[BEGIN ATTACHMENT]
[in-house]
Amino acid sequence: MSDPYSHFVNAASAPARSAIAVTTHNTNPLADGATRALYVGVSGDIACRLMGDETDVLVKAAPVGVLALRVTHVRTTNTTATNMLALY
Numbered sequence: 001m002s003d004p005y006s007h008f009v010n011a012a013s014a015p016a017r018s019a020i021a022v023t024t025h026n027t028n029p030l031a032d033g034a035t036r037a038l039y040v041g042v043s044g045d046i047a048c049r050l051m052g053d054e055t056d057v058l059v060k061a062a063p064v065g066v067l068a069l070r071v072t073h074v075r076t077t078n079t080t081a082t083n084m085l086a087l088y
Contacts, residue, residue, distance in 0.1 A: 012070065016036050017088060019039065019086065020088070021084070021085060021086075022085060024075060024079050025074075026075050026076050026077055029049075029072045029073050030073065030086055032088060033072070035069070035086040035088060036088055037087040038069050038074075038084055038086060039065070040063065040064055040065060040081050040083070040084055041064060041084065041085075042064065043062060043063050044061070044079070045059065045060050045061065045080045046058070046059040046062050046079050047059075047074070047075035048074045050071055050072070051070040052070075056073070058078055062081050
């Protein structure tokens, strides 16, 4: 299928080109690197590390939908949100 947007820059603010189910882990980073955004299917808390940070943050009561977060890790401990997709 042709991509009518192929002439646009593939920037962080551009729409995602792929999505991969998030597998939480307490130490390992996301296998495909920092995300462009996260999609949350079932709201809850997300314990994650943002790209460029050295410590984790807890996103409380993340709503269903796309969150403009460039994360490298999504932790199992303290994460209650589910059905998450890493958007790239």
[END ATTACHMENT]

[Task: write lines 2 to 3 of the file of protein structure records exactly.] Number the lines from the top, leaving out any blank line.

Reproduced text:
Amino acid sequence: MSDPYSHFVNAASAPARSAIAVTTHNTNPLADGATRALYVGVSGDIACRLMGDETDVLVKAAPVGVLALRVTHVRTTNTTATNMLALY
Numbered sequence: 001m002s003d004p005y006s007h008f009v010n011a012a013s014a015p016a017r018s019a020i021a022v023t024t025h026n027t028n029p030l031a032d033g034a035t036r037a038l039y040v041g042v043s044g045d046i047a048c049r050l051m052g053d054e055t056d057v058l059v060k061a062a063p064v065g066v067l068a069l070r071v072t073h074v075r076t077t078n079t080t081a082t083n084m085l086a087l088y